Can you see where the brown paint doesn’t go all the way to the edge? 

I still love this pen, and I’m so glad that I bought it while it’s still to be had. The Retro 51 Buzz is not only a beautiful and well designed pen, it’s a pen that only Retro 51 could have designed.

Buzz!
Retro 51 Buzz Review: The Bee Rescue Tornado

Pilot Vanishing Point Matte Black and Colorverse Selectron Review

There’s something about black fountain pens and black ink that make them popular beyond what common sense would dictate. The blacker they are the more popular they are, especially if you add the word “stealth” somewhere in their name or the copy. Apparently everyone wants to be a ninja.

There’s so little nib and so much nib creep that investing in a black coated nib unit for this VP seems pointless to me.

Colorverse Selectron is a pigmented ink that I obtained as part of the Electron/Selectron Multiverse box. Colorverse have lately started to sell some of these paired inks as individual bottles, and so if orange isn’t your thing (Electron is orange, don’t ask me why) you may be able to obtain just Selectron soon enough.

I bought this Matte Black Vanishing Point from Goulet Pens in 2013 I think, but it hasn’t seen much use in recent years. As part of my move to both use my fountain pens more and see if there are any that I might want to part with I dusted this one off and filled it with an “appropriately” coloured ink.

Is this not a handsome pen? Yes it is. Just don’t look too close.

I’ve written about Colorverse Selectron before as part of other reviews. I initially thought that it would be a perfect drawing ink, as it’s pigmented and fountain pen friendly I was hoping that it was also waterproof. As you’ll see later on, it is not.

In terms of the ink itself, there’s nothing remarkable about it. It’s a solid black with some sheen when layered and no variation, which is what you usually want from a black ink.

Ugh! You looked too close and now you can see where the coating has rubbed off! 😦

The Matte Black Pilot Vanishing Point is a VP like all VPs: a pen with a great nib, a body design that you either love or can’t use (depending on how you grip your pen) and a solid click mechanism. It still has a converter that holds about a drop and a half of ink and is annoying to fill, and it still suffers from nib creep.

The novelty here is in the matte finish, which is both very nice and not very durable. I hardly used this pen and already the coating is becoming glossy where I usually grip it. It’s a shame because the coating feels great and looks great when it’s unblemished, as in the body of the pen:

Pretty, pretty matte coating.

Like some other pigmented inks, the Colorverse Selectron is Moleksine friendly: there’s no feathering, spreading and bleed-through with fine/medium nibs (show through is going to be there no matter what). It’s also a fun ink to draw with:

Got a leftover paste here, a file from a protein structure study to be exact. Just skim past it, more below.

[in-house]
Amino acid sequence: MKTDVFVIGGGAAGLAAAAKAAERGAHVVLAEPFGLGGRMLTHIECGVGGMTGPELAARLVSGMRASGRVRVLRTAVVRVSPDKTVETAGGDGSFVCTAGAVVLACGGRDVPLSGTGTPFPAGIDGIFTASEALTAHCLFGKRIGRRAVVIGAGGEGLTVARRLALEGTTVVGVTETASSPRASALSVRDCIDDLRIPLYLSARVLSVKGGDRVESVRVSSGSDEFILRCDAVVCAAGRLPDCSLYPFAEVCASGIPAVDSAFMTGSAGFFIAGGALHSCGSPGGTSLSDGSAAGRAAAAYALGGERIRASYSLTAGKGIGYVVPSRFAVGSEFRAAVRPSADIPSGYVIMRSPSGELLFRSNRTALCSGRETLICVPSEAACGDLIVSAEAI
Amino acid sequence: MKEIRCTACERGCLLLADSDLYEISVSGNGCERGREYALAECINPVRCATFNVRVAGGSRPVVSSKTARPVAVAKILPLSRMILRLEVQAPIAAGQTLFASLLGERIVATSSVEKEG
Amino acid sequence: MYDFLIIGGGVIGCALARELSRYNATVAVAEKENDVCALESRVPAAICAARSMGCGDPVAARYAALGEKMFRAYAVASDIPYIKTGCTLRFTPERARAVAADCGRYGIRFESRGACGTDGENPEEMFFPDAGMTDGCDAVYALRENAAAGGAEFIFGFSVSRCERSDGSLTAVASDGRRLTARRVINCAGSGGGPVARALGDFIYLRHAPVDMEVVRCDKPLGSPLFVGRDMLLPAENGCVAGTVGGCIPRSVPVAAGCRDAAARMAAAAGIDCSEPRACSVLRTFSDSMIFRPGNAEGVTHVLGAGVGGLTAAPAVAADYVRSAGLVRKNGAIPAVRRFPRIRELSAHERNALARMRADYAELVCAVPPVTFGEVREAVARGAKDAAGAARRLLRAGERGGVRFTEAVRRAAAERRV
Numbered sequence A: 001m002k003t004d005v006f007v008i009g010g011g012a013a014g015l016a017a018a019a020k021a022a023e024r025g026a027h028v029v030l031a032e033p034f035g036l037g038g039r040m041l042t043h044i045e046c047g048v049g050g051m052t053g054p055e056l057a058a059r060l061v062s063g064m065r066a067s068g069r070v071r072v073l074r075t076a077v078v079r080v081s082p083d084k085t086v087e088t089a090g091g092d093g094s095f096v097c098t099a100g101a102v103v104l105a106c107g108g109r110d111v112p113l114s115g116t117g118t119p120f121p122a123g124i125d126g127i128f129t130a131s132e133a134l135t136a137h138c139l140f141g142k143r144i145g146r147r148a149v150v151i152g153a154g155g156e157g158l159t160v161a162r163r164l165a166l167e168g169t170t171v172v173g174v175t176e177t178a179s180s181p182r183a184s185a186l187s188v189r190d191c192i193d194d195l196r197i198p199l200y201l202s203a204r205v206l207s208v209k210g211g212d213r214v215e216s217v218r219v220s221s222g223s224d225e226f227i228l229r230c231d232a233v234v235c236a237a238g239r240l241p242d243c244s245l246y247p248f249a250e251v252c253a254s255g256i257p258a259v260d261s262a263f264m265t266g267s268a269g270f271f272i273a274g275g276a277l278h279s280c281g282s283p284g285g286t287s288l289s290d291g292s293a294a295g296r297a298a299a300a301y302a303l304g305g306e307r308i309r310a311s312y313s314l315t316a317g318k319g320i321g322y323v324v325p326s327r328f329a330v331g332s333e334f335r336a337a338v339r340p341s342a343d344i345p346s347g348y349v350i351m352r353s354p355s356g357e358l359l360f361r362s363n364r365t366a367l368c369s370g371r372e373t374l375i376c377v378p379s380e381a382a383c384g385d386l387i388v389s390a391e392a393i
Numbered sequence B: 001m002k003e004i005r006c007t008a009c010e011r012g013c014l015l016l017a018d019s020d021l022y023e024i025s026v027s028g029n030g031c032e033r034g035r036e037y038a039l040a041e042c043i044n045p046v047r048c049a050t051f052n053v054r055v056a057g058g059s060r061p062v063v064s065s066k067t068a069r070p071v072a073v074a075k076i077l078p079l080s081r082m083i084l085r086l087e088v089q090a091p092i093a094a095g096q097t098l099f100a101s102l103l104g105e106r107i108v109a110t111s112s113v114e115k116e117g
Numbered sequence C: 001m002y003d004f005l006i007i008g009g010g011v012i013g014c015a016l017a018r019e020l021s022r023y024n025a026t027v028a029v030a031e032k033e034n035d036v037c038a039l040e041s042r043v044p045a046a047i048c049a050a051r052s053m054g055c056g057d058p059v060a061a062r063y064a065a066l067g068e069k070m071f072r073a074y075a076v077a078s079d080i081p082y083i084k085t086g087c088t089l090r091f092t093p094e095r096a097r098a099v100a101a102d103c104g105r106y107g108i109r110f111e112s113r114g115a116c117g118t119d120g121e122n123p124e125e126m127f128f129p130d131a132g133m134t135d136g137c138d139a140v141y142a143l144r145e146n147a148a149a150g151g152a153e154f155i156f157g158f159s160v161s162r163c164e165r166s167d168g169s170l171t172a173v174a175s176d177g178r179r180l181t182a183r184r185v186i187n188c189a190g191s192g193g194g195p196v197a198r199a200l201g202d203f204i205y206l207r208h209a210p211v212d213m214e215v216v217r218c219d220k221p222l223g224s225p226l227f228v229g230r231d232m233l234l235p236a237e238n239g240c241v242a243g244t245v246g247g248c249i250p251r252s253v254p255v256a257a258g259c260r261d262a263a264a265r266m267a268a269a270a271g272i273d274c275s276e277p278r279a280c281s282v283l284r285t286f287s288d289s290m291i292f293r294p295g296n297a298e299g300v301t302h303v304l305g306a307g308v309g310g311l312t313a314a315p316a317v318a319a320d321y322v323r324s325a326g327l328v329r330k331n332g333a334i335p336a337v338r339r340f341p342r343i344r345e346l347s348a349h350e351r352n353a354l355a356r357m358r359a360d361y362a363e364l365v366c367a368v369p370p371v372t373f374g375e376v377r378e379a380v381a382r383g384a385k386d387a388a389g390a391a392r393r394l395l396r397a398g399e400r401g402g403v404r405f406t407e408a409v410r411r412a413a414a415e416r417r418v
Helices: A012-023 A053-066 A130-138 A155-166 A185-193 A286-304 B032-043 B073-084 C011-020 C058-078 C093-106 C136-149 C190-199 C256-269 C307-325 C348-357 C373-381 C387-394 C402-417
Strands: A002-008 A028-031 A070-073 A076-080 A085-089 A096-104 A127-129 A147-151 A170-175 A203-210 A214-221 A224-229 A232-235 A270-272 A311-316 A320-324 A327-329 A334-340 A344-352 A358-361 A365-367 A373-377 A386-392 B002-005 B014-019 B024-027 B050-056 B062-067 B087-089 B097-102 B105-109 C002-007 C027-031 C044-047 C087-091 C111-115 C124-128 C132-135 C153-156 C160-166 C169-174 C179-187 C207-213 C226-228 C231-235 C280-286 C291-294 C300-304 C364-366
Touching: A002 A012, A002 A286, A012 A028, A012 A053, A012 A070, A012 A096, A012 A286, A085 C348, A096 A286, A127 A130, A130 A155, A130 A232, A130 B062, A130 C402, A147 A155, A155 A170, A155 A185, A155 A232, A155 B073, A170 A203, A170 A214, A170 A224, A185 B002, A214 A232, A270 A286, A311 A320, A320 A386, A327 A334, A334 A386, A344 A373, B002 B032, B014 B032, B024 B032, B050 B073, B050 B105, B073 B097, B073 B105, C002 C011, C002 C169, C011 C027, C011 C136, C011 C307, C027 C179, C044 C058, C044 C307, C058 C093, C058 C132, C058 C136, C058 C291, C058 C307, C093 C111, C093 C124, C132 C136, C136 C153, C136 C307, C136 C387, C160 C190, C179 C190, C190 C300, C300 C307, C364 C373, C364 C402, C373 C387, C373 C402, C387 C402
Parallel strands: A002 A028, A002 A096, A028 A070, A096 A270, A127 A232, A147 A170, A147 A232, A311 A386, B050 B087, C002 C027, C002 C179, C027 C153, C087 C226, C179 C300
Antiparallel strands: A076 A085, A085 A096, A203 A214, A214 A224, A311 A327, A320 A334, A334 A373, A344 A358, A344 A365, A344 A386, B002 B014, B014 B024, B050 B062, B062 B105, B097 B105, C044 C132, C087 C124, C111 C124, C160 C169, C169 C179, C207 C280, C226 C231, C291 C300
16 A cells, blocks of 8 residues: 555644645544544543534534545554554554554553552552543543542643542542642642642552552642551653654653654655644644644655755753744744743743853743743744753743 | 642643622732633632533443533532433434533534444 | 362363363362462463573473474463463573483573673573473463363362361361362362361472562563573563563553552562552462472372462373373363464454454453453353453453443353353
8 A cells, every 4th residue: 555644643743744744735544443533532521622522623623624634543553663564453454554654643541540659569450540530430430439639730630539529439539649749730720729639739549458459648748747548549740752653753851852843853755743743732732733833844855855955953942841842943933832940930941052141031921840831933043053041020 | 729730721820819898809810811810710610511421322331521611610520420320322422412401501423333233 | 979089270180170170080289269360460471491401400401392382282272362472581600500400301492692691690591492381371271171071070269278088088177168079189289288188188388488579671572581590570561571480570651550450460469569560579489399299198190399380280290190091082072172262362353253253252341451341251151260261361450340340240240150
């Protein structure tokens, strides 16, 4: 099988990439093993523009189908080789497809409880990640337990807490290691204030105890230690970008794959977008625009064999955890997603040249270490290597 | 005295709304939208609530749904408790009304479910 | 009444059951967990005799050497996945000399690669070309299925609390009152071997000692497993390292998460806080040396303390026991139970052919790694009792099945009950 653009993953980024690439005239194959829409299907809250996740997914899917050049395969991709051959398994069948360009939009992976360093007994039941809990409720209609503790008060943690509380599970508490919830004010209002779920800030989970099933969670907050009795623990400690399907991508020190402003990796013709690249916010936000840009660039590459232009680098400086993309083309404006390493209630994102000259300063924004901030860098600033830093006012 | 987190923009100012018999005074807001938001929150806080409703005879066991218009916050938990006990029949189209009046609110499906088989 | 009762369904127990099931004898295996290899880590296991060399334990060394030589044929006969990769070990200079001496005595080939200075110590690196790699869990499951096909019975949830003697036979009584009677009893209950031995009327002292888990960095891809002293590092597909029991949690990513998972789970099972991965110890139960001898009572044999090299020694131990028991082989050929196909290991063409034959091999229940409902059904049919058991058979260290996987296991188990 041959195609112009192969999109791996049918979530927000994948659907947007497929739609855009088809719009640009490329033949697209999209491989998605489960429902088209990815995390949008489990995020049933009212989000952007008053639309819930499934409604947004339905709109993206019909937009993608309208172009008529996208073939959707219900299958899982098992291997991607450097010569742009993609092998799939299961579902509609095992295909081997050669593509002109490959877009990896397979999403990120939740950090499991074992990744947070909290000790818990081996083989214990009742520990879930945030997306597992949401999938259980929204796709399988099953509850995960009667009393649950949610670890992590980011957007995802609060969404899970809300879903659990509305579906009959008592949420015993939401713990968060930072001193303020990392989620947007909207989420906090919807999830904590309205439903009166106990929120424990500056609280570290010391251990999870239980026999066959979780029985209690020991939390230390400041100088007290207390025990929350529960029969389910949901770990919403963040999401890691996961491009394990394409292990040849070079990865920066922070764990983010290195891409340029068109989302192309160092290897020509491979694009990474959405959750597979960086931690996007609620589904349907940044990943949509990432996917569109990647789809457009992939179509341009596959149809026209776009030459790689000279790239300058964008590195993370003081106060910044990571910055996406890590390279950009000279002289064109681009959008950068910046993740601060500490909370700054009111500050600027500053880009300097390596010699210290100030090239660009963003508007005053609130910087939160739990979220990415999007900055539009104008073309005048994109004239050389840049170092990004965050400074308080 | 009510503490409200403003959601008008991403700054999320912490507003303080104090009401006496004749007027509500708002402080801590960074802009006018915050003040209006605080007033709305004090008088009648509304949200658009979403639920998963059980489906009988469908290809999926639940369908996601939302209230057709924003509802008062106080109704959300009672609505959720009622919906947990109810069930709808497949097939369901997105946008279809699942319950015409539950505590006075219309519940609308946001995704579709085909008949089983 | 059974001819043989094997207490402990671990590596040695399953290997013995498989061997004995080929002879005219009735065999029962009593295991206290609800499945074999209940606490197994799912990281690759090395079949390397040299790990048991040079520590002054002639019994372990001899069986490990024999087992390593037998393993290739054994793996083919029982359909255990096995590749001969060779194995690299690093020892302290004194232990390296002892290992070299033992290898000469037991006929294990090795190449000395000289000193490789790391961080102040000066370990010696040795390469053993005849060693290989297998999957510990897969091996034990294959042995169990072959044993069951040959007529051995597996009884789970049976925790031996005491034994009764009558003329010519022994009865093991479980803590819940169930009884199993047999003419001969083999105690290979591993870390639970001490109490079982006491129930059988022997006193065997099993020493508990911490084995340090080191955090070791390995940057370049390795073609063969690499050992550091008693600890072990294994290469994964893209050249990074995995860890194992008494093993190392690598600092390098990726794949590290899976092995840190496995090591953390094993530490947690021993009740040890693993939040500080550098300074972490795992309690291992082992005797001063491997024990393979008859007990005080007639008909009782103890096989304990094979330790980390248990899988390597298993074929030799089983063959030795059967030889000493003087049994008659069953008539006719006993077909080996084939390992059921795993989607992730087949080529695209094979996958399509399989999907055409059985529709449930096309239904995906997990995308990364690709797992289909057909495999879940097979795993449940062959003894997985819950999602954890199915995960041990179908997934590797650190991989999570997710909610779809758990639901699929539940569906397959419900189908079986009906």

I started watching “The Mandalorian” and I love it, can you tell?

And here are the results of the waterproof test:

Look at this mess… Not at all waterproof. You’ll be able to read your notes after a spill though. 

Matte coated pens are difficult to do well, and Pilot haven’t done a stellar job with this Vanishing Point. Black fountain pen inks are a dime a dozen, and Colorverse haven’t done much beyond packaging and copy to create one that stands out. If I could have tested these in person they would have probably both remained on their respective shelves, but the online hype of the time swept me away. I’m much more wary of it and FOMO in general over the past two years.

Invest in things that will stand out and stand the test of time. And take care of yourselves (and your pens) in these troubling days.

Pilot Vanishing Point Matte Black and Colorverse Selectron Review

Retro 51 Cat Rescue 3 Review

The last Retro 51 of the three that bought once I heard that they were retiring arrived: the Cat Rescue 3. I gave it a try as  part of my Retro 51 Challenge, and so far I’m utterly enamoured with it.

The Cat Rescue 3 shares a similar design and illustration style as the Dog Rescue 3. The illustrations on both pens are wonderful: adorable, full of humour and love for their subject.

Beyond cool cats in sunglasses (that go well with pirate dogs with eyepatches) the Cat Rescue 3 pen also has a hidden drawing of a mouse (the dog one had a hidden squirrel). That just makes this pen 1000% more likeable in my eyes.

The tube the Cat and Dog rescue is similar, as both donate 5% of proceeding to the same animal shelter, Operation Kindness. Unfortunately the cardboard tube mine came it was utterly crushed by the mail service, so I won’t be photographing its ruins.

The finial/top disc features the Operation Kindness logo, and I’m not bothering with a writing sample because there are only so many times you can read about me raving how great the Ohto FlashDry gel refill is.

As a bonus, here are a picture of my cats (brother and sister, both rescues) to make you smile. If you can donate or help your local shelter in any way, please do.

Retro 51 Cat Rescue 3 Review

Retro 51 Dino Fossil Review